Abstract: We derive a new intrinsic social motivation for multi-agent reinforcement learning (MARL), in which agents are rewarded for having causal influence over another agent's actions, where causal influence is assessed using counterfactual reasoning. The reward does not depend on observing another agent's reward function, and is thus a more realistic approach to MARL than taken in previous work. We show that the causal influence reward is related to maximizing the mutual information between agents' actions. We test the approach in challenging social dilemma environments, where it consistently leads to enhanced cooperation between agents and higher collective reward. Moreover, we find that rewarding influence can lead agents to develop emergent communication protocols. Therefore, we also employ influence to train agents to use an explicit communication channel, and find that it leads to more effective communication and higher collective reward. Finally, we show that influence can be computed by equipping each agent with an internal model that predicts the actions of other agents. This allows the social influence reward to be computed without the use of a centralised controller, and as such represents a significantly more general and scalable inductive bias for MARL with independent agents.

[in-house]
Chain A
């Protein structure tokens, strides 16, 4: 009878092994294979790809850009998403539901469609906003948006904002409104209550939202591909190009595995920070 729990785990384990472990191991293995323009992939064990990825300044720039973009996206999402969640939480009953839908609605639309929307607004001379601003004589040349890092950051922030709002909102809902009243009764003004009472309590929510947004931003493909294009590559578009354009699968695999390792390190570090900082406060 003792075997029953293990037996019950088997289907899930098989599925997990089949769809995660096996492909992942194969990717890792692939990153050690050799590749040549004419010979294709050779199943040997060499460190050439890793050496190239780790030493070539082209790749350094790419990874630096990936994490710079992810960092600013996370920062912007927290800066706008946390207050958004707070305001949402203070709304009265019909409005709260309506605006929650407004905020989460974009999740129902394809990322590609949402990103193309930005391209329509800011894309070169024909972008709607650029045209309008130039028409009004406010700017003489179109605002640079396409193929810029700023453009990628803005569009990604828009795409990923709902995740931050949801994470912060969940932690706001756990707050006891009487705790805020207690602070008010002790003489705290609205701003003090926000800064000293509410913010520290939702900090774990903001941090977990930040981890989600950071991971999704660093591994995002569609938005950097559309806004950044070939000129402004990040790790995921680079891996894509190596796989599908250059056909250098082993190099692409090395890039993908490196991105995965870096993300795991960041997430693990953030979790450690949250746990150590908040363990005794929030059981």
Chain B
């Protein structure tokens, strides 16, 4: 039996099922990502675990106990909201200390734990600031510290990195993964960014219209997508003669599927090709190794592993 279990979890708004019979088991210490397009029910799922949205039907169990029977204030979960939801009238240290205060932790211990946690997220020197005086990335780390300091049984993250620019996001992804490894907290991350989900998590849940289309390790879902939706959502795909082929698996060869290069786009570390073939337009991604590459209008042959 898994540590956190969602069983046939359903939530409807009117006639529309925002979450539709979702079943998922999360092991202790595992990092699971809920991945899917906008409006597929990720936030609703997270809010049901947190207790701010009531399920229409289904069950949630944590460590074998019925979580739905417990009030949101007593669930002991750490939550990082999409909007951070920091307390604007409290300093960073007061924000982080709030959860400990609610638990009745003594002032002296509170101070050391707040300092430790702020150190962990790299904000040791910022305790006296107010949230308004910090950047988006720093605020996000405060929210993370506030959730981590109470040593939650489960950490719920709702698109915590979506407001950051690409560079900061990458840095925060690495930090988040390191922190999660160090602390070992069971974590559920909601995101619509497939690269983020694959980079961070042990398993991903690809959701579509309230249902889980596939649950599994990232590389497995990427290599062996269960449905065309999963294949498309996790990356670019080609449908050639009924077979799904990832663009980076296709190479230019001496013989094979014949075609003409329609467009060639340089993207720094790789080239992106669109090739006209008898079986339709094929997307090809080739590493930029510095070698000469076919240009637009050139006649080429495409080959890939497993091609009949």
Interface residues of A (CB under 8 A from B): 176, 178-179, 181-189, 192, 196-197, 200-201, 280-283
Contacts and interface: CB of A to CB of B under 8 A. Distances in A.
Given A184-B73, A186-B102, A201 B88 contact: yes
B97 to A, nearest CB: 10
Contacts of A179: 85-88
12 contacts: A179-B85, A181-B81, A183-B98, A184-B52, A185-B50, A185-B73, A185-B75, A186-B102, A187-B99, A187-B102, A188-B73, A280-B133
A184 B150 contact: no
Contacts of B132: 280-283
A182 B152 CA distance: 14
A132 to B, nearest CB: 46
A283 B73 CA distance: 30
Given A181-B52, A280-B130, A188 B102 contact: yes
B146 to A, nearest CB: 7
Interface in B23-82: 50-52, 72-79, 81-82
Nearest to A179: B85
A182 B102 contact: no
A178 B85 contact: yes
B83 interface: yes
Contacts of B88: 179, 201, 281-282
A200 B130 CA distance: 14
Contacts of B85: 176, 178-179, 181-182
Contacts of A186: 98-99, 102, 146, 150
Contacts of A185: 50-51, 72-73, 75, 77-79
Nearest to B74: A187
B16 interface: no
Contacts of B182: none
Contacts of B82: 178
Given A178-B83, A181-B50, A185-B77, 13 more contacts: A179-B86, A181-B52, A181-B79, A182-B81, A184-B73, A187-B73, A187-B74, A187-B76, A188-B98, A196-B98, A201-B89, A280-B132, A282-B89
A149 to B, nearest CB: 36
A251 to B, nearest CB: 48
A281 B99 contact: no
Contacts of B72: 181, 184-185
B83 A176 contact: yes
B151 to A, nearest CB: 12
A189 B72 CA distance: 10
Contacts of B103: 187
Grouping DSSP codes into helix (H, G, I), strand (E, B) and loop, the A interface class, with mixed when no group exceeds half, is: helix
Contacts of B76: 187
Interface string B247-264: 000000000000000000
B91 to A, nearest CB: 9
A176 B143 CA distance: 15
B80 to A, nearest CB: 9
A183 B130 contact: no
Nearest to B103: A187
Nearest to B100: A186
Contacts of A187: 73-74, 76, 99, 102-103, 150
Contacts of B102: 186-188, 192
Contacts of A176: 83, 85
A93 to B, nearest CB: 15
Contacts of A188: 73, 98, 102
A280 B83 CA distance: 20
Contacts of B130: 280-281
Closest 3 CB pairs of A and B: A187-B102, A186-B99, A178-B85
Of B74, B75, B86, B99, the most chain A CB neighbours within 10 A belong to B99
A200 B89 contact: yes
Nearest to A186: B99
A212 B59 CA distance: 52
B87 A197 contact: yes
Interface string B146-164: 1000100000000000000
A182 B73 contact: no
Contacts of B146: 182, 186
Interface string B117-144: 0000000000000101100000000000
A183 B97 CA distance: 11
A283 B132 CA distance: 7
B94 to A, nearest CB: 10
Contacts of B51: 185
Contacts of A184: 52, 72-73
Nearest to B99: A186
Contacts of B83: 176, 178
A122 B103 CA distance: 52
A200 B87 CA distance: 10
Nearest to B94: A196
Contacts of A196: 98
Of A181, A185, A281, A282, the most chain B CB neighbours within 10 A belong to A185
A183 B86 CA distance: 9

Keywords: multi-agent reinforcement learning, causal inference, game theory, social dilemma, intrinsic motivation, counterfactual reasoning, empowerment, communication
TL;DR: We reward agents for having a causal influence on the actions of other agents, and show that this gives rise to better cooperation and more meaningful emergent communication protocols.
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